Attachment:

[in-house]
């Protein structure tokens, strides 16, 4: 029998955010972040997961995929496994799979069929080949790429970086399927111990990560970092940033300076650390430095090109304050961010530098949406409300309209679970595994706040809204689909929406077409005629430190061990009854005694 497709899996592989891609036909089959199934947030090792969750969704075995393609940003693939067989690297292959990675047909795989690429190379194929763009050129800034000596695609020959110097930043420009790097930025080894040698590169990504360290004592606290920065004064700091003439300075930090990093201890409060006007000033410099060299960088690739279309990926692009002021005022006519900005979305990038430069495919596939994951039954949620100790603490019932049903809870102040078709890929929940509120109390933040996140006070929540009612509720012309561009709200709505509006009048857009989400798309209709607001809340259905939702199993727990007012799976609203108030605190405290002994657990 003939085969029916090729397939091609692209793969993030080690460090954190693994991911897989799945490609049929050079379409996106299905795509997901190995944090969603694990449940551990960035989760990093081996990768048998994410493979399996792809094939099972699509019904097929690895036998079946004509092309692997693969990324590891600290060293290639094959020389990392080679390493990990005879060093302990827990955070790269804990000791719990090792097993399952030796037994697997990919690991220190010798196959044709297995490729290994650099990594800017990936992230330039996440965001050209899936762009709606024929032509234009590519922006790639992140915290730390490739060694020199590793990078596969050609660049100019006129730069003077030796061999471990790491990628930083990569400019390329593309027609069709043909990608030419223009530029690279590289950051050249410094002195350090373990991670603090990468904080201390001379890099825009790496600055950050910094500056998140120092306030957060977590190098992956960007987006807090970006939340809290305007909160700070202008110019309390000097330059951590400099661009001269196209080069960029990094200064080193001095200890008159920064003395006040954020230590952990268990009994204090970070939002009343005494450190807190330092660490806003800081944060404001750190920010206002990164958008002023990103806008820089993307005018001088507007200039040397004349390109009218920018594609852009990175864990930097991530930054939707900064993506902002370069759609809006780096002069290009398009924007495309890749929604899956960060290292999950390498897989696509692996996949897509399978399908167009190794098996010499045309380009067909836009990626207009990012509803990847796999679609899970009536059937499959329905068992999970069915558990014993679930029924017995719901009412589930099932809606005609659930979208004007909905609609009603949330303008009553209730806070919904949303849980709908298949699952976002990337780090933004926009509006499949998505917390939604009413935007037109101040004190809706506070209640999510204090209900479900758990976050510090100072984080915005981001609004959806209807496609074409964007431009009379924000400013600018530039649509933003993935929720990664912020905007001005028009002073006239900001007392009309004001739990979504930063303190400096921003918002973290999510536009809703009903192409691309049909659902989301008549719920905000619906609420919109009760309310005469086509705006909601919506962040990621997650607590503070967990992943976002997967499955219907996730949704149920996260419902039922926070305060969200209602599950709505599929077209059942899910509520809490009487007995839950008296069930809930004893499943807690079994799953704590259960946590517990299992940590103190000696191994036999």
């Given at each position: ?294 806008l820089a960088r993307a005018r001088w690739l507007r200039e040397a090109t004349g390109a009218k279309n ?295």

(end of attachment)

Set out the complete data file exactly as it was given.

[in-house]
């Protein structure tokens, strides 16, 4: 029998955010972040997961995929496994799979069929080949790429970086399927111990990560970092940033300076650390430095090109304050961010530098949406409300309209679970595994706040809204689909929406077409005629430190061990009854005694 497709899996592989891609036909089959199934947030090792969750969704075995393609940003693939067989690297292959990675047909795989690429190379194929763009050129800034000596695609020959110097930043420009790097930025080894040698590169990504360290004592606290920065004064700091003439300075930090990093201890409060006007000033410099060299960088690739279309990926692009002021005022006519900005979305990038430069495919596939994951039954949620100790603490019932049903809870102040078709890929929940509120109390933040996140006070929540009612509720012309561009709200709505509006009048857009989400798309209709607001809340259905939702199993727990007012799976609203108030605190405290002994657990 003939085969029916090729397939091609692209793969993030080690460090954190693994991911897989799945490609049929050079379409996106299905795509997901190995944090969603694990449940551990960035989760990093081996990768048998994410493979399996792809094939099972699509019904097929690895036998079946004509092309692997693969990324590891600290060293290639094959020389990392080679390493990990005879060093302990827990955070790269804990000791719990090792097993399952030796037994697997990919690991220190010798196959044709297995490729290994650099990594800017990936992230330039996440965001050209899936762009709606024929032509234009590519922006790639992140915290730390490739060694020199590793990078596969050609660049100019006129730069003077030796061999471990790491990628930083990569400019390329593309027609069709043909990608030419223009530029690279590289950051050249410094002195350090373990991670603090990468904080201390001379890099825009790496600055950050910094500056998140120092306030957060977590190098992956960007987006807090970006939340809290305007909160700070202008110019309390000097330059951590400099661009001269196209080069960029990094200064080193001095200890008159920064003395006040954020230590952990268990009994204090970070939002009343005494450190807190330092660490806003800081944060404001750190920010206002990164958008002023990103806008820089993307005018001088507007200039040397004349390109009218920018594609852009990175864990930097991530930054939707900064993506902002370069759609809006780096002069290009398009924007495309890749929604899956960060290292999950390498897989696509692996996949897509399978399908167009190794098996010499045309380009067909836009990626207009990012509803990847796999679609899970009536059937499959329905068992999970069915558990014993679930029924017995719901009412589930099932809606005609659930979208004007909905609609009603949330303008009553209730806070919904949303849980709908298949699952976002990337780090933004926009509006499949998505917390939604009413935007037109101040004190809706506070209640999510204090209900479900758990976050510090100072984080915005981001609004959806209807496609074409964007431009009379924000400013600018530039649509933003993935929720990664912020905007001005028009002073006239900001007392009309004001739990979504930063303190400096921003918002973290999510536009809703009903192409691309049909659902989301008549719920905000619906609420919109009760309310005469086509705006909601919506962040990621997650607590503070967990992943976002997967499955219907996730949704149920996260419902039922926070305060969200209602599950709505599929077209059942899910509520809490009487007995839950008296069930809930004893499943807690079994799953704590259960946590517990299992940590103190000696191994036999």
């Given at each position: ?294 806008l820089a960088r993307a005018r001088w690739l507007r200039e040397a090109t004349g390109a009218k279309n ?295």